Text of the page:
Turn a Wish into a Goal – 2013


As you continue through January, you may notice that there are cherished activities, people or places that you may not get to if you don’t focus on them.

Is there something in your life that you keep meaning to do?  Something big like moving, changing jobs or looking for a mate?  Perhaps it’s learning another language, going out to the theater, making more time for friends, going kayaking once a week.

Or maybe it’s playing the piano, meditating once a day, becoming an environmental activist.  Large or small, there is often something that we are not getting to that we would deeply savor if only we could make time for it

Make sure that this one thing is on your list of goals for 2013.

Then, turn your wish and hope into a goal by asking yourself several questions.

What’s my wish or my dream?  (Be as evocative as you want.)

Why is this so important to me?

What would I really savor if I let myself do this activity or have this experience?

What is blocking me? (Are my negative thoughts holding me back?)

What’s at risk for me if I don’t get to it this year?

Who can and will support me?

What might I have to give up to do this?

What frame of mind can help me get there?

What small steps will help me make this happen?

Write down your answers to these questions.  The answers don’t have to be long, but hopefully the questions will make you think.

One client I worked with really wanted to put together family photo albums. She had boxes of photos from years back and a computer full of  digital photos.  One reason she didn’t create albums is that it seemed trivial, and so the years went by.  She grounded her goal by answering the following questions.

What is your dream?  To really capture my family’s history in pictures.  To create albums that we can share easily.  The real dream is to value our past, our stories, our precious time together.  I run so fast that much of my life is a blur.

Why is this so important to me?   My photos are scattered and inaccessible.  I want to remember certain trips and share the joy of the memories with my kids, but I’m not sure where the photos are.  But, even more important, I now realize, my family’s history seems fragmented.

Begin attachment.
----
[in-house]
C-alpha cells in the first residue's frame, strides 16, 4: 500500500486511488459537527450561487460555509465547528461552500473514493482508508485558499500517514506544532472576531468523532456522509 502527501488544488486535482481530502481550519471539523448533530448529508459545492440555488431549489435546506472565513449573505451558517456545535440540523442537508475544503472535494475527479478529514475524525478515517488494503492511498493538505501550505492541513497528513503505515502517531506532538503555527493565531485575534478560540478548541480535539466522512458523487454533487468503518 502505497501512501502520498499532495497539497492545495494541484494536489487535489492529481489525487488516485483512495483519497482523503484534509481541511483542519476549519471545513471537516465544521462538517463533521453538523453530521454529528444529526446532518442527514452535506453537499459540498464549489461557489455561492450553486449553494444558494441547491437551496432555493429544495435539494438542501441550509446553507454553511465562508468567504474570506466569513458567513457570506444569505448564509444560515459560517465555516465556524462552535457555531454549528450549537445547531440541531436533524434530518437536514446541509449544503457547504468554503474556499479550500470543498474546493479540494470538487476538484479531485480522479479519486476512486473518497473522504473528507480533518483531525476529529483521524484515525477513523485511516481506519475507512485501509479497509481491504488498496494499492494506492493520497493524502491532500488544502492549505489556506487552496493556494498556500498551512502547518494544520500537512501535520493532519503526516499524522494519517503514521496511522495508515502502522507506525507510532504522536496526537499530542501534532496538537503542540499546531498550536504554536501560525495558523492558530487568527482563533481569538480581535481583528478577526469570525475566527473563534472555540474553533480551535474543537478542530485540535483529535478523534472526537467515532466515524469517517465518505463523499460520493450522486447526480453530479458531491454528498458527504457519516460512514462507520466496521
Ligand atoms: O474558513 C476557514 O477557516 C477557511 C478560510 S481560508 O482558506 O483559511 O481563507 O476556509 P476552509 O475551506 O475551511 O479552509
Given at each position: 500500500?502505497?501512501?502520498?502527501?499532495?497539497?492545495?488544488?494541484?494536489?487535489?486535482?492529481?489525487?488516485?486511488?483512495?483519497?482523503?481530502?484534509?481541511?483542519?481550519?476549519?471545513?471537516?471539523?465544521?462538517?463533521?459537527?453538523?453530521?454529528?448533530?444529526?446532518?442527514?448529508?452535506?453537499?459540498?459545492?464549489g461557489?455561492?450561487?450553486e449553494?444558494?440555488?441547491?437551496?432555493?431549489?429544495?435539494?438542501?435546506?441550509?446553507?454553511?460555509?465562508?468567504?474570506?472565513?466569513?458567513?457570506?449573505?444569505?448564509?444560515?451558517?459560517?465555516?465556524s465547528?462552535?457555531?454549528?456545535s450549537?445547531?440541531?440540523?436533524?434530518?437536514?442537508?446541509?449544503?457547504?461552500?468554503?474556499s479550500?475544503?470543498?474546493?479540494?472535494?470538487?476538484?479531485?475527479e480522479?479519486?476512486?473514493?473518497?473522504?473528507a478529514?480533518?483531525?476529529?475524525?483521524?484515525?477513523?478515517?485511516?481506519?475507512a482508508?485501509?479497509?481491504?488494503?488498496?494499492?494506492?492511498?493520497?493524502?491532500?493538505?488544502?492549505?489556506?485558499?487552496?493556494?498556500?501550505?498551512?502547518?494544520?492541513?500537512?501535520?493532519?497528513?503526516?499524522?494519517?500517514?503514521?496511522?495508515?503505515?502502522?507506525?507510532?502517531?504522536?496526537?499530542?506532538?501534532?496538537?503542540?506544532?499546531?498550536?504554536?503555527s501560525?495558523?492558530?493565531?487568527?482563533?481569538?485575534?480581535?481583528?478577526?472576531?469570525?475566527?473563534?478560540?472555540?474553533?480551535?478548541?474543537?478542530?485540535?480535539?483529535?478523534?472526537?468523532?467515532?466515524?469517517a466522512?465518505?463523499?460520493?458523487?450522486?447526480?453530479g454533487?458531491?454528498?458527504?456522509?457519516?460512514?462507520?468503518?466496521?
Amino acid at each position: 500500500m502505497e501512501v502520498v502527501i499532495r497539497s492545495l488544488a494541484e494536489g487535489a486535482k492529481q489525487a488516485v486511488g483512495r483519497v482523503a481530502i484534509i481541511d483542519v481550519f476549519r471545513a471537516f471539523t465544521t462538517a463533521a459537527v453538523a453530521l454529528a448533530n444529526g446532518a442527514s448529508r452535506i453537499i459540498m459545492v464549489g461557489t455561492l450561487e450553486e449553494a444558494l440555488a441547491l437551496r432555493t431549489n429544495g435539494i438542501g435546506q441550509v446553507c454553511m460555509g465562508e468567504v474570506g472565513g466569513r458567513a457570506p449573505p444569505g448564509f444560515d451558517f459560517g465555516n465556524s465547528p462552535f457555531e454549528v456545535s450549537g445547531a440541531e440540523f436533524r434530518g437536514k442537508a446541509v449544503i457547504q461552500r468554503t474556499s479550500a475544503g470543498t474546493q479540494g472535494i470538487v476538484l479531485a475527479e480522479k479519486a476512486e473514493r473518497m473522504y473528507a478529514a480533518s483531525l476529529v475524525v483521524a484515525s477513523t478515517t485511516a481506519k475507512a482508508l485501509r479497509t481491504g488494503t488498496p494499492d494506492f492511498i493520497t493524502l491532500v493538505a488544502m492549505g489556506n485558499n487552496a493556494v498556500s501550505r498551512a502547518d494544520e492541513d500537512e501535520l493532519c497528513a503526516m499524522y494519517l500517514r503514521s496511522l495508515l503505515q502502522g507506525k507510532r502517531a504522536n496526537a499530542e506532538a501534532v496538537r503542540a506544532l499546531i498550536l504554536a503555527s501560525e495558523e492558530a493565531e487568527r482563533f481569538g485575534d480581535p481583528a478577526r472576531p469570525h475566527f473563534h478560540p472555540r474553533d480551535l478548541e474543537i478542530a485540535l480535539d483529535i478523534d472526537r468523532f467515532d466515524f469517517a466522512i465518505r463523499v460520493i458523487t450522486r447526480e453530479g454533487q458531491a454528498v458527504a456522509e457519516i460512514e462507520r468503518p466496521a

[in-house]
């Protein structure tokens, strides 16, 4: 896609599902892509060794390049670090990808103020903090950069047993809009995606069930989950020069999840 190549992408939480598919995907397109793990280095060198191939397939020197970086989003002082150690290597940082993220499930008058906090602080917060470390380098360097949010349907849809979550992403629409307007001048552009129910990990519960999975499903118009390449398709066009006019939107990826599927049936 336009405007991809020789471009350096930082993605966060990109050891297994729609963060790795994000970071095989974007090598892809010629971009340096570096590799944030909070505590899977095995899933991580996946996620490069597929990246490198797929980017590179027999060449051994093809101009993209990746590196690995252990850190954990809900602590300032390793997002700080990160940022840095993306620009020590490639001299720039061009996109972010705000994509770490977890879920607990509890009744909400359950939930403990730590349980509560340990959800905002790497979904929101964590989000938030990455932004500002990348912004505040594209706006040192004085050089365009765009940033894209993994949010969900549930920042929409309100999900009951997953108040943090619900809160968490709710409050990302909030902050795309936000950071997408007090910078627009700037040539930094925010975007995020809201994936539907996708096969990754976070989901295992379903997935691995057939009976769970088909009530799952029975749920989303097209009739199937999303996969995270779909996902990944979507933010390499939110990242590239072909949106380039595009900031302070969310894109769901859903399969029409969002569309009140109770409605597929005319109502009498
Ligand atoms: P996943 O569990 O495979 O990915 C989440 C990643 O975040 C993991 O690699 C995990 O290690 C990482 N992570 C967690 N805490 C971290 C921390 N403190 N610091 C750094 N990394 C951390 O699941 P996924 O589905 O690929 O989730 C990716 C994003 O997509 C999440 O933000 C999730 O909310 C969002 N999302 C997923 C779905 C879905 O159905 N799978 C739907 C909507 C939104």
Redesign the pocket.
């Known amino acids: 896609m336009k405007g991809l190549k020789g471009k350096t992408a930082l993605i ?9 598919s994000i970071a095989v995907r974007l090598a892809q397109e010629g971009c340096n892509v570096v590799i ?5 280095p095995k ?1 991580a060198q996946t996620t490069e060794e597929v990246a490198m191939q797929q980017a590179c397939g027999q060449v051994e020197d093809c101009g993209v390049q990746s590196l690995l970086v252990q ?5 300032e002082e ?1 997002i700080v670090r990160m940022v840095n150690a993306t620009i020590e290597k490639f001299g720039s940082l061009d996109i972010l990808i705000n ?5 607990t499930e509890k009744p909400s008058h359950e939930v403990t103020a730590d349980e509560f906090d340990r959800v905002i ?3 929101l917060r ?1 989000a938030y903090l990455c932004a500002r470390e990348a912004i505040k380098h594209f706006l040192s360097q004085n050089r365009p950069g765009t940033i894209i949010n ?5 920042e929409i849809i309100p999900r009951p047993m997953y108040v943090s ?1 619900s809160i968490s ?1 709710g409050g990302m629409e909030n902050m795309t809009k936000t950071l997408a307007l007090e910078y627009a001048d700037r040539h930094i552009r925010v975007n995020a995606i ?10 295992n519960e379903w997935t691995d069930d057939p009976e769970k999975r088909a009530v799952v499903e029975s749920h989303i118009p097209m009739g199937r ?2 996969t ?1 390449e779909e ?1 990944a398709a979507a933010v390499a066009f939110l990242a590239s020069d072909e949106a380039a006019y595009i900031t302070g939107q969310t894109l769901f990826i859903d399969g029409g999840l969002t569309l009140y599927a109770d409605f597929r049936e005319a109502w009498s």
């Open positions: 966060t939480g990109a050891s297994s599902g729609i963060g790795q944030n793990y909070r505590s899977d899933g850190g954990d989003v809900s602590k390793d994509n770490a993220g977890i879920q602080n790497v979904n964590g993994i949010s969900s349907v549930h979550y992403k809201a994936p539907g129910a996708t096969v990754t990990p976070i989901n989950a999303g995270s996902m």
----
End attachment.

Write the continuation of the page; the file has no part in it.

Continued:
What would I really savor?  I’d savor looking at the photos and treasuring the life we had and have.  I’d like to deepen our sense of family history and create a ritual of reviewing an album or two every New Year’s Day.

What is blocking me?  I’m afraid I won’t be able to find the photos.  I sometimes think that  creating photo albums is a waste of time.  That  I might have to throw some photos away.  Also, I’m a little scared to acknowledge how much time has gone by.  I also think this is a trivial effort.

What’s at risk for me if I don’t get to it this year?   That I’ll never get to it.  My kids are growing up.  If we don’t create this ritual soon, they’ll be out of the house.

Who can and will support me?  I’d like to do some of this with my daughter who is actually into creating albums.

What might I have to give up to do this?  The feeling that time is frozen.  The feeling that I am not aging.  I can give up some of my internet surfing time – mostly checking the news – to get 15 minutes a day to work on this.

What thoughts do I need to be thinking in order to do this?   This sense of family history is vital to me and my family.  I actually love doing this.

And now is the time.

What is my next small step?  Step one:  Find the boxes full of old photos.  Step two:  Buy an album.  Step three:  Set aside an hour with my daughter to create a few pages.

She told me later that she was really excited about doing this, and so was her daughter.

“Working through these boxes of photos was so much more satisfying than I had anticipated.  I had turned this valuable activity into a chore, and then I avoided it.

I have some unsorted photos from twenty years ago.  I’m hugging some people I don’t even recognize.  Sad.  But now I know how that making these albums is important to me and to us.  Thanks, I would never have done this if I hadn’t answered your questions.”

And, now you, what are you not getting to savor in your life, that would deepen your soul’s journey?



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